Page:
“There have been theories from everybody,” said Dayva Spitzer, publisher of The Sayre Record newspaper and a longtime resident. “Everyone suspected foul play. … But every lead just went nowhere.”
Now authorities believe they have a key piece to the puzzle: A 1969 Camaro, just like the one the teens were driving, was pulled from a lake with the skeletal remains of three people inside.
And that wasn’t the only discovery. A second car containing remains, an early 1950s Chevrolet, was also recovered from Foss Lake. Custer County Sheriff Bruce Peoples believes it may solve another case in which two men and a woman disappeared a year before the teens vanished.
N. Korea willing to work to resume nuclear talks
HONG KONG — North Korea is willing to work with China to resume six-party talks aimed at curtailing its nuclear program, the Chinese Foreign Ministry said Wednesday.
North Korean Vice Foreign Minister Kim Kye Gwan told China’s Foreign Minister Wang Yi in a meeting Tuesday his country would work toward resumption of the talks “to fundamentally ensure peace and stability on the Korean Peninsula.”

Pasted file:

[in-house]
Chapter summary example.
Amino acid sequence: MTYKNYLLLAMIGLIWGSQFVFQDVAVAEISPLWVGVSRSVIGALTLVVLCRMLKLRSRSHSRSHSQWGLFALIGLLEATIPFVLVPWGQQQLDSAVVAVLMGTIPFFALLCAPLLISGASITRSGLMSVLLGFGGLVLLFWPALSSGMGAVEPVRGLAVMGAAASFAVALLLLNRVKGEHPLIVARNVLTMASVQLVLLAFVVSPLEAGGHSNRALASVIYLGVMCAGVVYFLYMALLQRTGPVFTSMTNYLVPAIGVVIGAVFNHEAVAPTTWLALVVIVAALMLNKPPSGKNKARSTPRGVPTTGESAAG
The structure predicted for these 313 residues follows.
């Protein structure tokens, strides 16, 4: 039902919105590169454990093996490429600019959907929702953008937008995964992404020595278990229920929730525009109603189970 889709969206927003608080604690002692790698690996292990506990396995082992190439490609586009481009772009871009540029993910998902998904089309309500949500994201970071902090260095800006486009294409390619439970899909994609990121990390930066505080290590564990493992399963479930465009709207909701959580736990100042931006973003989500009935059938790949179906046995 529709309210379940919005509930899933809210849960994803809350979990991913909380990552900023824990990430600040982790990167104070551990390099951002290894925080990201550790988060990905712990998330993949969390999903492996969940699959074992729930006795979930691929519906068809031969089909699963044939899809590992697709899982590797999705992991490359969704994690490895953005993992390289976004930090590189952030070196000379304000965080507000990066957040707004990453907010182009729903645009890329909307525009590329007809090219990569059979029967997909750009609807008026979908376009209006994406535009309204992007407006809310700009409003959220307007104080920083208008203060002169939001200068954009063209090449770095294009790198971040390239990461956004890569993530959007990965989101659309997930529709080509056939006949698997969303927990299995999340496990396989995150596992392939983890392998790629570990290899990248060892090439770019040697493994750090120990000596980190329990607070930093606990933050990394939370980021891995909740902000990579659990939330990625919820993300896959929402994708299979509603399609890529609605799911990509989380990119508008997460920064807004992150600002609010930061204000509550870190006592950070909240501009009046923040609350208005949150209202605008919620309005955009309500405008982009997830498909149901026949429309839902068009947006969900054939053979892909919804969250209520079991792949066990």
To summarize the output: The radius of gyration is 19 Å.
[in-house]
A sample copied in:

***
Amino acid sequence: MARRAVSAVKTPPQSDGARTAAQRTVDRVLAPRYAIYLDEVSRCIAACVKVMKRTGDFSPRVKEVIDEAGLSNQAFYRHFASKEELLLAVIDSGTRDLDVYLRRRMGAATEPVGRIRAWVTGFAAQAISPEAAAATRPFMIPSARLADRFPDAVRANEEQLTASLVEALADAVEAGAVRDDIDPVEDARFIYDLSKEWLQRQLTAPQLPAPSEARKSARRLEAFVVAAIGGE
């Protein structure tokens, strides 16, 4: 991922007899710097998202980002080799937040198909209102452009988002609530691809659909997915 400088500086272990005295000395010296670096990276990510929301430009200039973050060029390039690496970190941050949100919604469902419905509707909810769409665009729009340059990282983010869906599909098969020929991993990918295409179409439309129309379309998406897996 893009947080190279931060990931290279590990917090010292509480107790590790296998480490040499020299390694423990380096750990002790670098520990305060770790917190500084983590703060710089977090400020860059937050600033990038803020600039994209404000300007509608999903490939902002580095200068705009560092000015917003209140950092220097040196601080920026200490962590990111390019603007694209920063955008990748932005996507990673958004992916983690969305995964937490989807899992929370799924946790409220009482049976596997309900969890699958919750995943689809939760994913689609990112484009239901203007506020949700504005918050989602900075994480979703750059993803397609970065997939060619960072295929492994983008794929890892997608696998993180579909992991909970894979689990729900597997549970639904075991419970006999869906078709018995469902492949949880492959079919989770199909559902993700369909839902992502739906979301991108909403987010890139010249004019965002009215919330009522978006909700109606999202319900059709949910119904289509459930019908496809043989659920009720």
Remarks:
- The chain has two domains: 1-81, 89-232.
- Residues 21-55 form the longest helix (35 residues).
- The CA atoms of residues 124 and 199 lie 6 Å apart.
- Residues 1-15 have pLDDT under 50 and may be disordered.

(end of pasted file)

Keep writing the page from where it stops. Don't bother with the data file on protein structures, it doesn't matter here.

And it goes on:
Kim was in China for a conference marking the 10th anniversary of the start of the six-party process, which aimed to persuade North Korea to give up its nuclear ambitions in return for aid.
The talks began after North Korea withdrew from the Non-Proliferation Treaty in 2003 and stepped up efforts to develop nuclear weapons. The country has since tested three nuclear devices and extended its ballistic missiles’ range.
Afghan election official assassinated
KABUL, Afghanistan — The Taliban killed a top election official in northern Afghanistan Wednesday, in an attack that many here saw as an early effort to disrupt the country’s looming presidential elections.
Two gunmen shot Amanullah Aman, the head of the Independent Election Commission in Kunduz province, as he walked to his office, according to local police officials. The Taliban announced in a Dari-language post on Twitter shortly after the attack that Aman “was killed by our Mujahideen.”
The killing sent a shock wave through the Independent Election Commission, which this week opened the registration process for presidential candidates. The election is scheduled for April 5 next year. President Hamid Karzai issued a statement Wednesday criticizing insurgents for attempting to derail the electoral process.